After a four-hour preliminary hearing Monday, General District Court Judge Ian Williams found enough evidence in the murder case of 24-year-old Jose I. Escobar Menendez to send it to a Dec. 14 grand jury for review. Gavin Collins and Joshua Hunter, both 22, are charged with first-degree murder in Menendez’s July 8 shooting death in Sterling.
During the preliminary hearing, 16 witnesses, including Sheriff’s Office detectives and friends of Menendez, and Collins and Hunter testified in the case to portray a clearer picture of what happened that morning. Asking the questions were Deputy Commonwealth’s Attorney Bruce Johnson, Ryan Campbell, Collins’ defense counsel, and Robert Vernail, Hunter’s defense counsel.
According to testimony from Menendez’s friend Stephanie Sanchez, Menendez, formerly of Winchester, was “very excited” to meet up with a friend he had met and “had relations” with three weeks prior to his death. A detective from the Loudoun County Sheriff’s Office’s Digital Forensics Unit said she found more than 60 text messages dated around 12:30 a.m. July 8 on Menendez’s phone between he and Collins. She said the two men were talking about meeting up to smoke marijuana.
Another detective said she recovered information through IP addresses showing that one end of those texts was sent to Menendez from the Sheetz off Windmill Parc Drive in Sterling. There, surveillance video showed Hunter pumping gas into his black Dodge Charger at about 1:50 a.m.
According to testimony from detectives, Menendez texted that he had arrived at the Village at Potomac Falls apartment complex at 1:51 a.m. Detectives said that Collins and Hunter arrived there in Hunter’s Charger at about 1:55 a.m. A surveillance video from the complex at that time shows headlights that Loudoun County Sheriff’s Office Det. Michael Grimsley said he identified as being the headlights of a Dodge Charger.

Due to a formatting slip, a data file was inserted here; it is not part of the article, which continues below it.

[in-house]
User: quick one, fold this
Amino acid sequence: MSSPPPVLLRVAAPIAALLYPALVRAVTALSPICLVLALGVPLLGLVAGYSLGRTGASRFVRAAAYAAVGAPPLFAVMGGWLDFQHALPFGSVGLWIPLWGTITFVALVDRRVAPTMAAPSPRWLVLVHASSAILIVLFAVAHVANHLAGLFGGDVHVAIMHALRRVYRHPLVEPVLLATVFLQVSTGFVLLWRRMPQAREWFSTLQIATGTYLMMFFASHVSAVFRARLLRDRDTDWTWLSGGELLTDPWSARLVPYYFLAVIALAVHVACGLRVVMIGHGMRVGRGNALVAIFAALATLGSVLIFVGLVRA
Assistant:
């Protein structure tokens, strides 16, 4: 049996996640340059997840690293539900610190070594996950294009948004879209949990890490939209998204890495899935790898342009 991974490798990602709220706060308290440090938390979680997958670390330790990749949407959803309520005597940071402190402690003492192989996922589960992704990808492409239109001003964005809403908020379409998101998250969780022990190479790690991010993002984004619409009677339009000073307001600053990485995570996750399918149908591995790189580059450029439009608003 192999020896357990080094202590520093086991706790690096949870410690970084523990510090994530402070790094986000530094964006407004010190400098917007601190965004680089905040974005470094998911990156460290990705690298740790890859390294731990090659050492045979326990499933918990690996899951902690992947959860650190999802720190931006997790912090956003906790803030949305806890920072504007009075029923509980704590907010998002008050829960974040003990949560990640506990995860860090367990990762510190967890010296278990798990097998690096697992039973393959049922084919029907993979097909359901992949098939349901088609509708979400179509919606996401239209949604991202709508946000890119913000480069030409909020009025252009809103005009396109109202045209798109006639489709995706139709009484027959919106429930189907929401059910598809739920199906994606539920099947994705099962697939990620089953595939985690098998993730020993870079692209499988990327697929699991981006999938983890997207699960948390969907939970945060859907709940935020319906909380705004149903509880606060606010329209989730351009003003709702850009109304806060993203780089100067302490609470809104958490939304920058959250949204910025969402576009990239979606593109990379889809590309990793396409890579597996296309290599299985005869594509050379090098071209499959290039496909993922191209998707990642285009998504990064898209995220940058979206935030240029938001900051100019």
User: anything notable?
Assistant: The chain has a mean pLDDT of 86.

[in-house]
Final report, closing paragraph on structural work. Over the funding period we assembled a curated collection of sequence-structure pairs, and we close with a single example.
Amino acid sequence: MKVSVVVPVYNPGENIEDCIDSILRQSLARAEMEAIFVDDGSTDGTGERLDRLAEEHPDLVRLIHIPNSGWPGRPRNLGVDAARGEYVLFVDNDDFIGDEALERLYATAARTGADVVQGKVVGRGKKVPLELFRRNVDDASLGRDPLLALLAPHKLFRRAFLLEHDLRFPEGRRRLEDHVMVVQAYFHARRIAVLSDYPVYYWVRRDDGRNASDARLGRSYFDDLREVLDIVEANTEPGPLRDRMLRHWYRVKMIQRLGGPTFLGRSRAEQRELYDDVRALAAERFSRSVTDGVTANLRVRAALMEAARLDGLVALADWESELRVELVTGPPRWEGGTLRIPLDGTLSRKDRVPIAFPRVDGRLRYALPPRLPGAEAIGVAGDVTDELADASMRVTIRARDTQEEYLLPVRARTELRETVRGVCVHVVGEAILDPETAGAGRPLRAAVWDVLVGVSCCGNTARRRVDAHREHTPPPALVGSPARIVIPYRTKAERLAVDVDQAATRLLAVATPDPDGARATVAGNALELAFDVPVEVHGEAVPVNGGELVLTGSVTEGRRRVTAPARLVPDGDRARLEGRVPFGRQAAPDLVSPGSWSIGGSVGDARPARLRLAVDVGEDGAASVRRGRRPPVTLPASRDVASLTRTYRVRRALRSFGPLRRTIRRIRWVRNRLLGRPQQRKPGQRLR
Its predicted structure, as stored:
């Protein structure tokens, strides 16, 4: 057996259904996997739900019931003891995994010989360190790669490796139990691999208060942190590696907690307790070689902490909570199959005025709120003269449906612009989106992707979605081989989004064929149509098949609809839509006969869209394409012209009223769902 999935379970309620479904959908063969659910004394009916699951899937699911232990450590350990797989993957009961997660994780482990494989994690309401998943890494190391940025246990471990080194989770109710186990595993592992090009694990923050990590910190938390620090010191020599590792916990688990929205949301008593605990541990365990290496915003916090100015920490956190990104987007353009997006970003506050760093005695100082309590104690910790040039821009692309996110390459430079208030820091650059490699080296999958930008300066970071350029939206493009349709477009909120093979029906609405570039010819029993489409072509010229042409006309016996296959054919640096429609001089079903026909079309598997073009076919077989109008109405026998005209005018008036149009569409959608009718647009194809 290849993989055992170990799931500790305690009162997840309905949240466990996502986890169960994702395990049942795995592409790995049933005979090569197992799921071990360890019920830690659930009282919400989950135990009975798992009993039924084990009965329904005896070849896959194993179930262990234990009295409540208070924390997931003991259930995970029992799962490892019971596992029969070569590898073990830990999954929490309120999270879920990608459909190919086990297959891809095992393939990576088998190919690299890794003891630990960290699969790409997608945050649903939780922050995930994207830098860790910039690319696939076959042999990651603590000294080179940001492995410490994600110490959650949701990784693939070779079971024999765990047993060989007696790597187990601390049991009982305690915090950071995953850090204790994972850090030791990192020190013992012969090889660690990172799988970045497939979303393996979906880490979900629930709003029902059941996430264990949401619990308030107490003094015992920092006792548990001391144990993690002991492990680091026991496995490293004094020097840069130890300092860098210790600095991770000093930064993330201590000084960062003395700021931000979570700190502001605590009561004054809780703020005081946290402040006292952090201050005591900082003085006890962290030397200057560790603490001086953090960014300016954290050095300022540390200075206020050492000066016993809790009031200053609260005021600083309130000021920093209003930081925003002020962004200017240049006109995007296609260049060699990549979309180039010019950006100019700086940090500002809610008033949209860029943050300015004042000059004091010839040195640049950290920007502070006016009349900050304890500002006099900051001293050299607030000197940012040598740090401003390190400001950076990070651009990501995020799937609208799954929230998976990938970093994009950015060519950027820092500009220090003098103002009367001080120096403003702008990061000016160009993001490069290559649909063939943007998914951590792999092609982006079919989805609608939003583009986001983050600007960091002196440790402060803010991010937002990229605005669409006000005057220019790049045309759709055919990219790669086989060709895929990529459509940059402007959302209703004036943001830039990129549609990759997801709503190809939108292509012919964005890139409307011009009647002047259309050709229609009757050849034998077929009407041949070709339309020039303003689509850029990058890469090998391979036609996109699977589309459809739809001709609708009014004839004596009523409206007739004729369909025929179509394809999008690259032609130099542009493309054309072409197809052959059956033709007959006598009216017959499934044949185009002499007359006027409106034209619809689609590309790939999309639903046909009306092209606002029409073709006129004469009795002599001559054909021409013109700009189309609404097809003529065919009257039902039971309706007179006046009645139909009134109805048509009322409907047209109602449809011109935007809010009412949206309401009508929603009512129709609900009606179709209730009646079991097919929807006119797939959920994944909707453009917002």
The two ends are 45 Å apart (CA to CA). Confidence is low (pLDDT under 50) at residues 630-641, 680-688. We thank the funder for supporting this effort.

Lisbeth Molina, who lives in a townhouse near the location where Menendez’s body was found, said she heard cars pull up with at least two people get out and start talking the morning of July 8. She said within moments, the conversation turned to yelling. She testified that less than a minute later, at exactly 2 a.m., she heard a “pop.”
Molina said she then heard people get back into a car and pull away with the wheels screeching. According to witness testimony, it was at about 3:10 a.m. that a resident noticed Menendez’s body with blood surrounding it in the street along Emerald Point Terrace near the intersection with Winding Road.
Detectives later found a single bullet casing fired from a .45-caliber handgun. Menendez’s friend Sussie Prem also later discovered Menendez’s phone off the side of the road along the Rt. 7 entrance ramp onto Rt. 28 south. She said she found the phone by tracking it using an app.
According to testimony from Collins’ and Hunter’s friend Masha Novikova, Collins and Hunter arrived at the Extended Stay America hotel where she was staying sometime after 2 a.m. She said Hunter pulled up in his Charger and Collins pulled up in a blue Nissan Sentra, which was later identified as Menendez’s car. She said all three then got into the Nissan, and Collins drove to Best Buy where the two men said they were meeting someone.